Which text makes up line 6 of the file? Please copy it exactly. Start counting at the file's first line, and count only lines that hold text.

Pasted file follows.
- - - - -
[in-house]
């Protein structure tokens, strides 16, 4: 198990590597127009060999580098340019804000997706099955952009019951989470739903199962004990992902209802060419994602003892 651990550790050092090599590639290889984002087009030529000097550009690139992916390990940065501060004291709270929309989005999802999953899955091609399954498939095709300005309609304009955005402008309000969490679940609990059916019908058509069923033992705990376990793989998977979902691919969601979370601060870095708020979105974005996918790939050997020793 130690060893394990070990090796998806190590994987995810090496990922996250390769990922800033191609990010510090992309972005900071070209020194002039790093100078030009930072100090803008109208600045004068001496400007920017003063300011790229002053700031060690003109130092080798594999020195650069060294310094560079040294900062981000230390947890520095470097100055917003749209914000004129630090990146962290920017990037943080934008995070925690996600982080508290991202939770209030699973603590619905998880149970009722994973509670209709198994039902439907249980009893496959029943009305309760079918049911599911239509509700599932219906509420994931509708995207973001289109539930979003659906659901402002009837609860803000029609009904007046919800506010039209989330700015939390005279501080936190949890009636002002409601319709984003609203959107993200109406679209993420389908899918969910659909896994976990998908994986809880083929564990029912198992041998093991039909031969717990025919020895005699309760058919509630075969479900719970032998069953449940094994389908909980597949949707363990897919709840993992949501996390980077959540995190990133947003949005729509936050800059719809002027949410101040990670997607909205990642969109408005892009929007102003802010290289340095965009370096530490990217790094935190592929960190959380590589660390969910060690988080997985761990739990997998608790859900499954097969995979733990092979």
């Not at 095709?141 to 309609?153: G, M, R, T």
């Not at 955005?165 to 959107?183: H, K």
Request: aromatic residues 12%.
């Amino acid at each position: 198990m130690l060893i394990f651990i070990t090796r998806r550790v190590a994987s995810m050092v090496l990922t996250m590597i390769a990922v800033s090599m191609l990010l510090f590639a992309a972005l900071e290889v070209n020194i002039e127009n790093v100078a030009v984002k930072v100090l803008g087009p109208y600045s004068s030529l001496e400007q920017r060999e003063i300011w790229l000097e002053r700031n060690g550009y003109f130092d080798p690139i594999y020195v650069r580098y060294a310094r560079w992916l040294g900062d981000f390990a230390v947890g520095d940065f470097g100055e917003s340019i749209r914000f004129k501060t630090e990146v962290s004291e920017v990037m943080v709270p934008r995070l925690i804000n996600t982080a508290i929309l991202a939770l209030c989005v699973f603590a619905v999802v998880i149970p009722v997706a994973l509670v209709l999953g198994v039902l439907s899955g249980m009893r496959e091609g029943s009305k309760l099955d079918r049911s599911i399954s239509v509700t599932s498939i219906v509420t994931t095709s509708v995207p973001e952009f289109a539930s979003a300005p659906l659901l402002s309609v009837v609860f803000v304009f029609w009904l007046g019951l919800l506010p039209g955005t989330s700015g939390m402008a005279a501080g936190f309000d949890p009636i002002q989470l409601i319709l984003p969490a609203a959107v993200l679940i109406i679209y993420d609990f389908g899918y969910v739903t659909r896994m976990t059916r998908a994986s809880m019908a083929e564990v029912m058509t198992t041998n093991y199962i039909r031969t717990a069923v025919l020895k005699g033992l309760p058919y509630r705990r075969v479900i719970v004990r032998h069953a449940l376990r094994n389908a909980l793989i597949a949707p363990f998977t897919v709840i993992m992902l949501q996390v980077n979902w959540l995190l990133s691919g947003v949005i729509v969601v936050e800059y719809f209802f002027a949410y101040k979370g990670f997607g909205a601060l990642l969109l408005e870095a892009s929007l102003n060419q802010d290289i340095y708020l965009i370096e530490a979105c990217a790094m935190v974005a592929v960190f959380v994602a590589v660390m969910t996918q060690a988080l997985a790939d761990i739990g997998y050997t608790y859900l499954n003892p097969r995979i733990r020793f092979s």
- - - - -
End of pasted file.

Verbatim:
């Amino acid at each position: 198990m130690l060893i394990f651990i070990t090796r998806r550790v190590a994987s995810m050092v090496l990922t996250m590597i390769a990922v800033s090599m191609l990010l510090f590639a992309a972005l900071e290889v070209n020194i002039e127009n790093v100078a030009v984002k930072v100090l803008g087009p109208y600045s004068s030529l001496e400007q920017r060999e003063i300011w790229l000097e002053r700031n060690g550009y003109f130092d080798p690139i594999y020195v650069r580098y060294a310094r560079w992916l040294g900062d981000f390990a230390v947890g520095d940065f470097g100055e917003s340019i749209r914000f004129k501060t630090e990146v962290s004291e920017v990037m943080v709270p934008r995070l925690i804000n996600t982080a508290i929309l991202a939770l209030c989005v699973f603590a619905v999802v998880i149970p009722v997706a994973l509670v209709l999953g198994v039902l439907s899955g249980m009893r496959e091609g029943s009305k309760l099955d079918r049911s599911i399954s239509v509700t599932s498939i219906v509420t994931t095709s509708v995207p973001e952009f289109a539930s979003a300005p659906l659901l402002s309609v009837v609860f803000v304009f029609w009904l007046g019951l919800l506010p039209g955005t989330s700015g939390m402008a005279a501080g936190f309000d949890p009636i002002q989470l409601i319709l984003p969490a609203a959107v993200l679940i109406i679209y993420d609990f389908g899918y969910v739903t659909r896994m976990t059916r998908a994986s809880m019908a083929e564990v029912m058509t198992t041998n093991y199962i039909r031969t717990a069923v025919l020895k005699g033992l309760p058919y509630r705990r075969v479900i719970v004990r032998h069953a449940l376990r094994n389908a909980l793989i597949a949707p363990f998977t897919v709840i993992m992902l949501q996390v980077n979902w959540l995190l990133s691919g947003v949005i729509v969601v936050e800059y719809f209802f002027a949410y101040k979370g990670f997607g909205a601060l990642l969109l408005e870095a892009s929007l102003n060419q802010d290289i340095y708020l965009i370096e530490a979105c990217a790094m935190v974005a592929v960190f959380v994602a590589v660390m969910t996918q060690a988080l997985a790939d761990i739990g997998y050997t608790y859900l499954n003892p097969r995979i733990r020793f092979s």